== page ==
Today, I’m looking at the same things, but rather in reverse. Yes, the disinflation trend has picked up the pace — as I noted, the six-month core PCE is now consistent with inflation under 2 percent — but I again want to make sure that we are seeing disinflation across goods and services.

I have said before that there are three things that I look at most closely in inflation reports: transportation, food, and shelter. These are the three things that matter the most directly to the overwhelming majority of American families. Well, transportation inflation is down from its peak, though it remains elevated. Food inflation, while certainly prone to fluctuations because of a host of factors, is generally down and back to normal levels on a year-over-year basis. Shelter inflation remains elevated, though I do recognize the lags inherent in the way it is calculated.

So, in a nutshell, I find our greatest economic risk comes from acting to lower the rate too early, lest we reignite inflation and see the work of the past two years unwind before our eyes.

Along with our work on the policy rate, we have also been reducing the size of the Fed’s balance sheet — what is known as quantitative tightening. That may describe what it is, but not its purpose. I prefer to use the term balance sheet normalization.

When we announced this plan in May 2022, we stated an intention to significantly reduce the balance sheet until reserve balances were “ample,” or, simply, when the balance sheet size returned to “normal.” Well, we’re nearly two years in, so, how is it going?

There is no question that we have already achieved a significant reduction in the balance sheet of nearly $1.5 trillion. And we are not done yet, as reserves remain very abundant, albeit less so than in 2022.

When we announced this program, we also said that normalization would proceed in “a predictable manner.” And to make good on that count, we must slow as we approach normal. For this reason, and to make good on my promise of making normalization as boring as watching paint dry, my colleagues and I will start our discussions on how to slow the balance sheet reduction at the March FOMC meeting.

Whether it be with the balance sheet or the policy rate, the overriding concern is to get everything right at the right time because the economy continues to hum along.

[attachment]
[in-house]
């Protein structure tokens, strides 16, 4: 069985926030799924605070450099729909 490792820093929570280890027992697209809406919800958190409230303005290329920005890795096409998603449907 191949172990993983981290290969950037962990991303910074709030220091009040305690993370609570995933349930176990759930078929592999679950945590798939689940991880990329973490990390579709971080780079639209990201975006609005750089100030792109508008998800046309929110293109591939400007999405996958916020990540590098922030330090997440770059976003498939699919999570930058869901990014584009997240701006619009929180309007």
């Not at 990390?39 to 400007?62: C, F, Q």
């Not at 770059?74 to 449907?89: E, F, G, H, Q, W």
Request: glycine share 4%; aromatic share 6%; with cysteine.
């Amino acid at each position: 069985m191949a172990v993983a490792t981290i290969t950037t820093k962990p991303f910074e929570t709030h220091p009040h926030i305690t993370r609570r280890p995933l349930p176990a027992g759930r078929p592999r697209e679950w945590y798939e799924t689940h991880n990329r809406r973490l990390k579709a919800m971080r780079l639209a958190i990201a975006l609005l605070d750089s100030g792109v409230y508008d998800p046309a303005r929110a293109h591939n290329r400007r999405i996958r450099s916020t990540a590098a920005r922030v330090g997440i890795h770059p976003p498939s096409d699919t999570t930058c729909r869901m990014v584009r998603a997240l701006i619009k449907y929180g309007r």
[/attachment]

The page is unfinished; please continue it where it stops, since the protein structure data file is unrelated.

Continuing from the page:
GDP growth continues to be strong.

While the labor market continues to post strong monthly gains and unemployment remains near historic lows, we are also seeing multiple signs that the labor market is coming into better balance, and the very tight conditions that characterized the immediate post-pandemic period are easing. The latest data show that the ratio of openings to unemployment continues to back down closer to its pre-pandemic readings. Labor force participation improved in the last year — and this is especially important since the linchpin to any growing economy is an active labor force. Wage inflation has also moderated substantially.

But at the same time, we are not experiencing widespread layoffs. Yes, certain sectors are readjusting their workforces, most notably the tech sector, but there are not economy-wide layoffs that would suggest some recessionary forces are fighting their way to the forefront. Again, this is a good thing.

Consumer spending also continues to remain strong. Moreover, the University of Michigan’s Index of Consumer Sentiment reported its highest level in two-and-a-half years — and consumer expectations for future inflation have come down.

This is a promising signal and one that we will be looking at closely in other areas of the economy as it has largely been the American consumer who has kept on the path of achieving an economic soft landing. But on the flip side of this, I am somewhat concerned about the increase of delinquencies in credit card and other loan repayments, especially among younger borrowers and families on the lower end of the income ladder.